Tag Archives: Stone Temple Pilots

Song of the Day: “Plush” – Stone Temple Pilots

 

During their hey-day, Stone Temple Pilots were (perhaps unfairly) criticized for being too corporate, too derivative and too cliche when measured up against their peers like Pearl Jam, Nirvana, Alice in Chains and Soundgarden. You could make the argument that Stone Temple Pilots, in a way, are responsible for what I like to call “grunge-lite” or “pseudo-grunge” bands that followed in their wake, like Live, Candlebox and later on, Nickelback.

In the years since, Pearl Jam and Nirvana (and to a lesser extent Soundgarden) have achieved a sense of respectability that has moved them beyond the ’90s. Stone Temple Pilots, meanwhile, have been regulated to ’90s nostalgia in the minds of listeners and their songs are frequent staples on ’90s oriented channels on Satellite Radio.

But here’s the thing: even while they were clearly a product of their time, their singles are strong and actually hold up pretty well. Their 1992 hit, “Plush” is a good example of this. A mid-tempo number with a big, muscular riff, “Plush” is a direct descent of ’70s hard-rock with no apologies with a sing-along chorus. Who doesn’t sing, “And I feeeeeel, and I feel, when the dogs begin to smell heeerr…” (ridiculous as it is) at the top of their lungs along with Scott Weiland?

Producer Brendan O’Brien is key to the song’s sound and appeal. O’Brien’s production gives the song a lift that makes “Plush” sound contemporary yet familiar. Each member of the band is given a crystal-clear sheen that emphasizes the individual parts. Dean DeLeo’s guitar, is never noisy or distorted. The space between the signature chords gives drummer Eric Ketz plenty of space to provide a wallop that is rock-solid. The whole thing is perfectly constructed for mass appeal. It’s no wonder that the popular acoustic version of “Plush” was included on the group’s greatest hits collection, Thank You.

 

 

 

Late 90s Nostalgia….?


Nostalgia seems to be a buzz word these days. With the upcoming 20th Anniversary of Nirvana’s Nevermind, early 90s nostalgia is about to reach its apex. Even more indie-oriented bands such as the Pixies and Pavement have taken to the road in recent years. If the Rolling Stones decide to tour again, aging baby boomers will once again be taken down Nostalgia Row.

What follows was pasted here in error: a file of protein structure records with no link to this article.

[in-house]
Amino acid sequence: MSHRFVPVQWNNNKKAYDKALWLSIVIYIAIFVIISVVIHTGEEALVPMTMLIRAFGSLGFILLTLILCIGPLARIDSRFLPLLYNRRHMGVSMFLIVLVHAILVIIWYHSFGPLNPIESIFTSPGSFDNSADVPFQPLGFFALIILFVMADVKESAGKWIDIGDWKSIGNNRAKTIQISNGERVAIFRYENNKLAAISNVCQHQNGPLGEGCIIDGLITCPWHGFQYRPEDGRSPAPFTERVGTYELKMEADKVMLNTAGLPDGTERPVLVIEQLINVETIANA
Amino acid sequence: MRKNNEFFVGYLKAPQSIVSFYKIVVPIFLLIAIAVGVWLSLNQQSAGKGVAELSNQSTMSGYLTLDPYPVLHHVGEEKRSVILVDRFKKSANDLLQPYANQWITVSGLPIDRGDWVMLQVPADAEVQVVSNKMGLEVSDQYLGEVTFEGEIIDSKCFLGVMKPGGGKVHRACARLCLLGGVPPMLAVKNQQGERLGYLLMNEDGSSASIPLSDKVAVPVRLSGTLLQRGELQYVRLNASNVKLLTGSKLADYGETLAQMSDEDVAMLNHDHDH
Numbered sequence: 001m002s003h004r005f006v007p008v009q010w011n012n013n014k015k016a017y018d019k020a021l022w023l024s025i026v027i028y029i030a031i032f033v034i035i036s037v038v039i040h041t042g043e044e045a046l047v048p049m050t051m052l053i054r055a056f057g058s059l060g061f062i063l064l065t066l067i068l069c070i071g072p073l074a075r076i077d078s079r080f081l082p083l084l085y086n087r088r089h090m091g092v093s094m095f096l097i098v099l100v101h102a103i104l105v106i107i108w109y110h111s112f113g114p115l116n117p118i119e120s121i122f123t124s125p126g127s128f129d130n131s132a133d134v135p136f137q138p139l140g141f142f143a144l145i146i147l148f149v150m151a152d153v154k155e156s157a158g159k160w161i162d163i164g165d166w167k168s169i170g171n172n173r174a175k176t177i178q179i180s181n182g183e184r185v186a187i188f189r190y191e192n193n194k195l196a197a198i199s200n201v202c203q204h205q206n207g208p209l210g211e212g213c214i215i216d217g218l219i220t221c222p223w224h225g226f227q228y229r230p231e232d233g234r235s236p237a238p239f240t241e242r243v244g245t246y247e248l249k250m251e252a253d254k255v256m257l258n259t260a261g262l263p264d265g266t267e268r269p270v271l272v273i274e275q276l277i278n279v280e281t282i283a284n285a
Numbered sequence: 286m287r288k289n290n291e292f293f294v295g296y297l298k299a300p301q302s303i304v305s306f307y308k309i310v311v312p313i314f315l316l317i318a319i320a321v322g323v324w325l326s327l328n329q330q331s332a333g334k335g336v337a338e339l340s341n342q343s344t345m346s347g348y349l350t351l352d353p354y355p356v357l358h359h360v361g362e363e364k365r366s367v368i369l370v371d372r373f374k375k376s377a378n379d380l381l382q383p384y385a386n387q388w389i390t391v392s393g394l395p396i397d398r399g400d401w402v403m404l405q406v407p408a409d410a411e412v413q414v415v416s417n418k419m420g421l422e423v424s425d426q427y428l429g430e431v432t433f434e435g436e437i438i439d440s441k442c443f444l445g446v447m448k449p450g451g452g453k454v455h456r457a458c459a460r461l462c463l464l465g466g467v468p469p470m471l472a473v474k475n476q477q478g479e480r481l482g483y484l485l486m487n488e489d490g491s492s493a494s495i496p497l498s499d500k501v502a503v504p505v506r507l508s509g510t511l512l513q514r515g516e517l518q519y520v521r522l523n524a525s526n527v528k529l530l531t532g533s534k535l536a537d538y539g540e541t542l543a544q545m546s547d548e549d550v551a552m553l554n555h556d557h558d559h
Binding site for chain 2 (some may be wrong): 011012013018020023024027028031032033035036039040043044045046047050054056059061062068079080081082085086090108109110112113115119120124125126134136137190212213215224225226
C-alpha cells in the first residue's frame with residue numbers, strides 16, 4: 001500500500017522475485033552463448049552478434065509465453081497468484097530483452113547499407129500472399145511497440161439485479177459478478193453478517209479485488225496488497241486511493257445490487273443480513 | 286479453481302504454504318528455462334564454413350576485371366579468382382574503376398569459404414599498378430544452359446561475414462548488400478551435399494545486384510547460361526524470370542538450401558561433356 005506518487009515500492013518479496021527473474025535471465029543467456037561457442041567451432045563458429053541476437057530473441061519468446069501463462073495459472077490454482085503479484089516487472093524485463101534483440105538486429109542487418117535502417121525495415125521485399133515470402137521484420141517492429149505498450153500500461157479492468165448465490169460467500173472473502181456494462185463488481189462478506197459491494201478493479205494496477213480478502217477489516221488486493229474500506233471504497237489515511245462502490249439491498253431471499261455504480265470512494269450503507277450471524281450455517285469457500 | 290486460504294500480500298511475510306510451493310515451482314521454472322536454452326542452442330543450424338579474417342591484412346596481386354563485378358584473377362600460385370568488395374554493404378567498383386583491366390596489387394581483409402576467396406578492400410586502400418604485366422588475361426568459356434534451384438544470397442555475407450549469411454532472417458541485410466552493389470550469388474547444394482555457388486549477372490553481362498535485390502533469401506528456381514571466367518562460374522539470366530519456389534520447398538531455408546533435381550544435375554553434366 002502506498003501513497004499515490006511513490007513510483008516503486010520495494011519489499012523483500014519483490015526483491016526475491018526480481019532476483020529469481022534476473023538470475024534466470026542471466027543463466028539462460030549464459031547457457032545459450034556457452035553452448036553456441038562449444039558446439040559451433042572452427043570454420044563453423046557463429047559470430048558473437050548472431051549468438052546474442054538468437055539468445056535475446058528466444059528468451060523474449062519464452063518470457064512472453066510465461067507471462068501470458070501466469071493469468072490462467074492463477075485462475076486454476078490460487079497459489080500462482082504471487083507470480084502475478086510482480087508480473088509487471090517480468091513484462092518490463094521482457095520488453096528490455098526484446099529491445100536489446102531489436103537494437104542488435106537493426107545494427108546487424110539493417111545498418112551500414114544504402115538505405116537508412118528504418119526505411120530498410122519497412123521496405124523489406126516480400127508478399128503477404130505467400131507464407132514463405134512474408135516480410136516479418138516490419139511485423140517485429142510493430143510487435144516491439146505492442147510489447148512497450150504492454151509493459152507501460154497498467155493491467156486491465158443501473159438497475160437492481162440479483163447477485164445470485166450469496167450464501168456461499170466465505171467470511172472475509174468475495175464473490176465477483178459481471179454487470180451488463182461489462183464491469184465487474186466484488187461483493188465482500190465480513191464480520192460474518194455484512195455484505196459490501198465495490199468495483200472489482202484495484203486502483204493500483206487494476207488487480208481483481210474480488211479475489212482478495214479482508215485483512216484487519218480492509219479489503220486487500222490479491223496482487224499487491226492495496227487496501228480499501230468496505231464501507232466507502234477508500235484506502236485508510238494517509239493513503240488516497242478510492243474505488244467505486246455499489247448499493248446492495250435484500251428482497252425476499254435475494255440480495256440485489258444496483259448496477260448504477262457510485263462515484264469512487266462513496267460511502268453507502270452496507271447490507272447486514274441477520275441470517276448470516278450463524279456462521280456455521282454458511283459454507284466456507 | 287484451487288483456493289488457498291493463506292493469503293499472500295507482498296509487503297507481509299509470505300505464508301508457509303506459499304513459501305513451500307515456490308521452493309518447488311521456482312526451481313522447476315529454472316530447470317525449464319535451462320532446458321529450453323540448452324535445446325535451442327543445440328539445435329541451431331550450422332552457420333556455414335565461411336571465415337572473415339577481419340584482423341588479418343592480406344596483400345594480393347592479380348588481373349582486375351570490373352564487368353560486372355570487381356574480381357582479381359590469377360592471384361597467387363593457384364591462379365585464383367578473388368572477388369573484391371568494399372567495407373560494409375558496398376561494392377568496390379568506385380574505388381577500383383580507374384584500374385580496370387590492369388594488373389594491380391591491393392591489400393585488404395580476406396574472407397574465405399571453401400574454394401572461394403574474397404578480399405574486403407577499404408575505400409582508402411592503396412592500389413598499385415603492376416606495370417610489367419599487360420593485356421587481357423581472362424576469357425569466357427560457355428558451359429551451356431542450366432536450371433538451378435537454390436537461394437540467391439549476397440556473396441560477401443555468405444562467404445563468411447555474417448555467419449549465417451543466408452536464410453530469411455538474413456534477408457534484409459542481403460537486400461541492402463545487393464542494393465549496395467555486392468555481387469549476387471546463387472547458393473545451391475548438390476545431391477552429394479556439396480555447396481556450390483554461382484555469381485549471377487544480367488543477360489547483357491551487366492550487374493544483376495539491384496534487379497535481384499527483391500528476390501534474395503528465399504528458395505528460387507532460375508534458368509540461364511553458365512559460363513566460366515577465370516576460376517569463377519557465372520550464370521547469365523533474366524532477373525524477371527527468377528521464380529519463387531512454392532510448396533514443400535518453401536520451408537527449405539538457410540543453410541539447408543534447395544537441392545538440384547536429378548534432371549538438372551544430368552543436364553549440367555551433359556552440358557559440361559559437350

Much of the music I listen to was recorded years (and sometimes decades) before I was even born. To me, “Ruby Tuesday” and “Like a Rolling Stone” have always existed. I can’t look back and fondly remember “Behind Blue Eyes” playing in the background as I made out with my first girlfriend.

I was too young for Nirvana and Pearl Jam, though I remember them playing in the background as a kid. As a teenager, the artist that should have defined my generation took a completely different route. Perhaps to counter the anger of grunge, artists such as No Doubt, Reel Big Fish, and Blink 182 took a more juvenile and laid-back vibe. Even rap, in the wake of Tupac and Biggie’s deaths became flashy. There was little substance to hang onto – at least in the mainstream music world.

By the late 90s, even the bands that had once stood for something, got caught in a downward spiral. R.E.M. lost their drummer and decided to make elevator music. U2 took excess to a whole new level with the Popmart Tour. Even the “newer” bands like Weezer and Green Day who came to prominence in the mid 90s, seemed bloated and bored by the end of the decade. Who knew that those two bands would see a resurgence in the early part of the 2000s?

So it’s hard to be nostalgic about the late 90s, because even then I knew a lot of the music was a let down. Even the bands (and artists) that “defined” that time seem stuck in that era. Beck’s Odelay as great as it is, is a product of the late 90s and it doesn’t make much sense now. Radiohead’s OK Computer  in retrospect seems more like a stop-gap between their guitar heavy early days and the ambience of Kid A.

So now as Blink 182, Limp Bizkit, and No Doubt gear up for new tours and albums, I can’t help but feel a little cheated. No, not because I want to see them. But every other generation has had seminal bands that folded and re-unite. These days, Generation X has Soundgarden and Stone Temple Pilots. The Boomer Generation has The Stones.  Bands that actually meant something to the youth at the moment.

I’m not necessarily that these bands re-uniting for a quick cash tour are always good. I’m not necessarily sure I would go.  Instead I’m just left with “feel good bands” from the late 90s, whose party-vibes seem even more out of place as the stock markets continue to crash.